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April 3, 1998     The Message
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April 3, 1998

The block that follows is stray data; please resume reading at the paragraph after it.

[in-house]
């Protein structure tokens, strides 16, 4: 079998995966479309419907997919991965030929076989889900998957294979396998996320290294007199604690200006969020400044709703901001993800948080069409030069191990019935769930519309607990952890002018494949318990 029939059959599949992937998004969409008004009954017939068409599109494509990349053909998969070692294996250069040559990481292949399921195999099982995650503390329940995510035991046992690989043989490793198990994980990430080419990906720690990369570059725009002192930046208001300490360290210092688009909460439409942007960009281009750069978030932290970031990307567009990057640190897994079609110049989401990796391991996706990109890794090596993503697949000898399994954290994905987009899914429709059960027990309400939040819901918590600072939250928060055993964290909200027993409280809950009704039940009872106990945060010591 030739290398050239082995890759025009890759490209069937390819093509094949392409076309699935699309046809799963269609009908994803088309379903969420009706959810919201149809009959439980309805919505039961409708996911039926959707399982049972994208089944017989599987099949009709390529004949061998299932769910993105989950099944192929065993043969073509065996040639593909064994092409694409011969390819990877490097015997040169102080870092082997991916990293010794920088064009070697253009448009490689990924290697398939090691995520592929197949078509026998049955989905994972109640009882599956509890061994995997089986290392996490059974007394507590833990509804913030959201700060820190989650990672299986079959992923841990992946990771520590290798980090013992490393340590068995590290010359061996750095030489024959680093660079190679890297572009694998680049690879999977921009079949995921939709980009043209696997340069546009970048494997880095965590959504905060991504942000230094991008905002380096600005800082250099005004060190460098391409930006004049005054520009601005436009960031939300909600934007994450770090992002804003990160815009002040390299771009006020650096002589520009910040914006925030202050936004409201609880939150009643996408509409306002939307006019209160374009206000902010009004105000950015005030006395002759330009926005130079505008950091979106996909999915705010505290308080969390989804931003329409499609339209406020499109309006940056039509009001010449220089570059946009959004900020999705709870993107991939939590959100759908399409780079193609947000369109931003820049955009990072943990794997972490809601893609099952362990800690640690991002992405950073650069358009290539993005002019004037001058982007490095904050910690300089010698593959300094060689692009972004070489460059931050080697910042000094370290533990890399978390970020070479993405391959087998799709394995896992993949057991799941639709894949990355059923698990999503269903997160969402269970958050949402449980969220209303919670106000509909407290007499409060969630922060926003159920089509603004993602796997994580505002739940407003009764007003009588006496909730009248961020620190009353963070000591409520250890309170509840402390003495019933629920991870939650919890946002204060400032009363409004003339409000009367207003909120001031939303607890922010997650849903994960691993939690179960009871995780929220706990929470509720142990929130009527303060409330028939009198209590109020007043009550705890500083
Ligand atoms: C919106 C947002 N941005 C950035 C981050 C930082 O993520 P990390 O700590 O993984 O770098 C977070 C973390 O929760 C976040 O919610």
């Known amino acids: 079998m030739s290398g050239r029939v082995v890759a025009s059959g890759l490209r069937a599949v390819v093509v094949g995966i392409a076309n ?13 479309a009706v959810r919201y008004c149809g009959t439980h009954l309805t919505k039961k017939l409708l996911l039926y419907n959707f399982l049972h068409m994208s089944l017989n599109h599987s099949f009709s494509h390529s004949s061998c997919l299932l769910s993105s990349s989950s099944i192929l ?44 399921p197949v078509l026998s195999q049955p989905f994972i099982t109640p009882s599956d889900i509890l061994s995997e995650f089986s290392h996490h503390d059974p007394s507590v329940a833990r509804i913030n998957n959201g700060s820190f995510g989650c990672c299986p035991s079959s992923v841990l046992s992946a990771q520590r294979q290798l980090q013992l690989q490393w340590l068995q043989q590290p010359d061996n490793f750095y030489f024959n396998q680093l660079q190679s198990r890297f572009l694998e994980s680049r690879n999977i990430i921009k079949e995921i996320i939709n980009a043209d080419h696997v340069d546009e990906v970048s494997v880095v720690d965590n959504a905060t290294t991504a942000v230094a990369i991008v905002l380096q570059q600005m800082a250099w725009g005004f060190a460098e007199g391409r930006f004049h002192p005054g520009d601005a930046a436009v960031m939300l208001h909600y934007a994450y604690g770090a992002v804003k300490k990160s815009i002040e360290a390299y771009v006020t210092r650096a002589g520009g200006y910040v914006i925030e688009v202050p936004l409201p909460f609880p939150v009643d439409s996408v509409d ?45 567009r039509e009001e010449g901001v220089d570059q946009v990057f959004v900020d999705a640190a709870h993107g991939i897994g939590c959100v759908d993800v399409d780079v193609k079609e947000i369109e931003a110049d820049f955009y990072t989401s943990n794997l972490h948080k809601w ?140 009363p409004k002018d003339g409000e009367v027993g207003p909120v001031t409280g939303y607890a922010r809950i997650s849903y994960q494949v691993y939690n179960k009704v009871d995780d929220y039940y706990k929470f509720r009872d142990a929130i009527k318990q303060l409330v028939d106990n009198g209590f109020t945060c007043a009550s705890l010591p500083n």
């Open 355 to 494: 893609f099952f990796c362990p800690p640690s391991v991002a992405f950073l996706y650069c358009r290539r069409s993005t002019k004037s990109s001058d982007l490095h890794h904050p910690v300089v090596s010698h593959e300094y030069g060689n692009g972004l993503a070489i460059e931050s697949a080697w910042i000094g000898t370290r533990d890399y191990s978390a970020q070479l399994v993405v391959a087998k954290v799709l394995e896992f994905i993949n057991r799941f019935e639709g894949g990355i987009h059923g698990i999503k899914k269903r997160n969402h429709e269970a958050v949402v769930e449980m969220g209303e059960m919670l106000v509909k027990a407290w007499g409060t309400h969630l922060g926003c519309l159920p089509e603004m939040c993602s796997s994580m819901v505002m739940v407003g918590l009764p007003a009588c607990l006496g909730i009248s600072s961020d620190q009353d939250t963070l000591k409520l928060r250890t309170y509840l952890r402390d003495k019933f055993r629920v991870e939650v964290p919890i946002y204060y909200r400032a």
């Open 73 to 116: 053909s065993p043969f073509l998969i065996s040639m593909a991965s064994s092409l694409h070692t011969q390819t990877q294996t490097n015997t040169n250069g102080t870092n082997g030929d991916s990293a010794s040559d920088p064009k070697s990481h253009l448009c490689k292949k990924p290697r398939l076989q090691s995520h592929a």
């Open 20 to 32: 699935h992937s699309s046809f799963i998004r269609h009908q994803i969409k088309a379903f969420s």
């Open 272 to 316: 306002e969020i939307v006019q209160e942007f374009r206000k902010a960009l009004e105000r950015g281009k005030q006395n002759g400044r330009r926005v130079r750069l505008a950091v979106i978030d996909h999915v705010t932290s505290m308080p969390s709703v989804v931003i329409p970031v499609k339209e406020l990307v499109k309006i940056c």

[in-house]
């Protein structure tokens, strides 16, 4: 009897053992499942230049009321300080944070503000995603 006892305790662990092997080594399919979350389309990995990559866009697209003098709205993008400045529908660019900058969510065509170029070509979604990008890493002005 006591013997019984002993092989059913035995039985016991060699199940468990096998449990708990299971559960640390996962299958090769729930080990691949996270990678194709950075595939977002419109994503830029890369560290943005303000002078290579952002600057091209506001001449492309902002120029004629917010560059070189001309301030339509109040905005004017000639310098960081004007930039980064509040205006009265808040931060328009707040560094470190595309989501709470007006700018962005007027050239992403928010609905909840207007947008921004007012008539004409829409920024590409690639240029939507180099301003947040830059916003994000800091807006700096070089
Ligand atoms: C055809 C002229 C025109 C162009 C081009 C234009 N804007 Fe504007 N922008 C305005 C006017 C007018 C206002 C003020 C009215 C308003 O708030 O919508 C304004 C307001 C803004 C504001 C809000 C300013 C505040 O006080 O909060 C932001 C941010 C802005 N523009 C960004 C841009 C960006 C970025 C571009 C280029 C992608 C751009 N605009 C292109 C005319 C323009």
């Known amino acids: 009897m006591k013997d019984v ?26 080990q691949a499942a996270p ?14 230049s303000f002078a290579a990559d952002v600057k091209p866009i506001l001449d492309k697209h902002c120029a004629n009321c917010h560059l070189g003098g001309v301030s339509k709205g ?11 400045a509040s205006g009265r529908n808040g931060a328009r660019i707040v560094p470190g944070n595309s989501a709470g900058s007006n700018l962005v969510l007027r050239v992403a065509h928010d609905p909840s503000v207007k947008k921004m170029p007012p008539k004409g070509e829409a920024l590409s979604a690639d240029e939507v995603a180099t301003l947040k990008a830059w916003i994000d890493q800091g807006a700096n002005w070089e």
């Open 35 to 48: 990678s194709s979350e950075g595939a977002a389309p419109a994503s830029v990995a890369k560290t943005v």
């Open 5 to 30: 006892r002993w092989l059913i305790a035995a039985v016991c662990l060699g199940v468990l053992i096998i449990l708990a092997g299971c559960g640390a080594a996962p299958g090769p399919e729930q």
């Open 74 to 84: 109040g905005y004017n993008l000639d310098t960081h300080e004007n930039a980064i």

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J. SCHMIDT Service asked what "con- s when you sacrament Of recon- olice. They are i 'a nKnister of the church, God's mercy fear when Some of their legitimate embar- of it comes from or teacher that formidable in confession is parent or teacher, or judge and an ears may well no reason in the f reconcilia- and mercy of Jesus Christ, of the Holy Spirit. afraid of God, the is Outside the confes- [f we have difficulty to a priest, , is always an with the sacra- because it seems them. They say The Message -- for Catholics of Southwestern Indiana 9 relevant to your "real needs"? they don't "get anything out of it." Some of these people may have a "confession conscience." This is distinct from the "complete conscience." The confession conscience consists of those things one has learned to say in con- fession -- maybe a list of "acceptable," even "comfortable" sins that we list with- out touching the depth of our real needs. The complete conscience goes beneath the surface to deal with things that real- ly alienate us from God and our fellow J human beings. It gets at causes. It is seri- ous and may feel threatening. Some people have learned to bring this conscience to confession. They "get a lot" from the sacrament. But many have never learned to look beneath the surface. So they do not "get all" they could and should get from the sacrament. Sometimes they set the sacrament aside because they regard it as irrelevant to their "real needs." Then they miss a wonderful opportu- nity for spiritual growth. Confession deals with a spiritual dimen- sion at a different level from psychiatry. It can assist mental health, but it cannot replace psychological help, any more than spiritual counsel sets a broken arm. The sacrament of reconciliation, how- ever, is a wonderful gift given by Jesus to the church for pardon and peace. But if it has become something like "telling our Father Paul Schmidt recalls how "a youngster, when asked what 'confes- sins to the police," I think we need to see sion' means, replied, 'That's when you tell your sins to the police."' If we if we can understand it better, insist on being afraid of God, he cautions, "the place to be afraid is outside the confessional, not inside ,t. ...... ' " i ....... Father Schmidt is the director of Priests Per- -- CNS photo from the Catholic Witne 1 sonnel for the Diocese of Oakland, Calif. s j dealing with mari- us, he knows that if actions aren't taken, problems won't go away. I always have determined a penance in Marketplace Point: the sacrament of penance? from St. Mary, Huntingburg readers: teacher, twelfth grade religious education students. get done confessing my s4ns. ' ! mBrian Heichelbech i nlatter how far down Satan's path I may stray or even how self- .... Lord, I know that I will still be forgiven by my Lord...  mKyle Kuczyski . will be free of any wrongs after I have confessed to live each day joyfully...  --Stephanie Smith it allows us to share with God. I am grateful that he has granted to achieve this closeness .... ...... --Aren Gerdon t mistakes to start over, and glad that I'm allowed ne wrong. Michael McLimore ! . i, i ,, I feel a lot better afterwards and God believes that t sin again. --Kurt Blackgrove for your sins and they don't have to weigh you down. Jodi Rasche all the avoidable sins that I have made over time .... I will never take for granted his crament of penan. Lea Terwiske dialogue with the penitent. Usually the specific penance I describe is an action relative to what the person has confessed; I ask if the action seems meaningful and possible. Quite often the person will counter with something more demanding or make an alternative suggestion that seems even more pertinent to his or her circumstances. In negotiating these penances, it is clear to me that the penitent is committed to liv- ing a better life, not just to talking about it. This example certainly puts my own resolutions and good intentions to the test. In ministering the sacrament of penance I am constantly edified at peni- tents" honesty, their openness, their pos- itive attitude toward improvement and their willingness to make practical changes to bring it about. My therapist friend says he is envious of my role, but  far he hasn't asked to confess his enD: Father Kinast is the director of the Cen- ter for Theological Reflection, Indian Rocks Beach, Fla. * Food A dose of introspection accompanies the sacrament of reconciliation. We take stock of ourselves and our actions, judge our motives, assess our rela- tionships with others and with God. To someone unfamiliar with the sacra- ment, it might sound a little negative. Won't we, in judging ourselves, become our own worst enemies? Won't we be putting ourselves down? The experience of the sacrament, however, doesn't prove negative. Judging our actions proves quite different from judging ourselves to be unworthy human beings or undeserving of God's attention. As with all sacraments, rec- onciliation proves to be all about life. Sacraments don't diminish us. They expand us. And this is a sacrament of healing, the catechism explains. I take that to mean that in the sacrament we are being made whole, hardly torn down, Should I mention that people tend to feel happy after celebrating  sacra- ment? Rather than finding ourselves pushed too far inward, the sac.dment ulti' m0000tely draws us out of ourselves. Even the of it contact with the larger church: with the print and, very vi.4ibly inl celebrations, the community. We disccrcer again that we don't have to go it alone. We have  oer. David Gibson Editor, Faith Alive!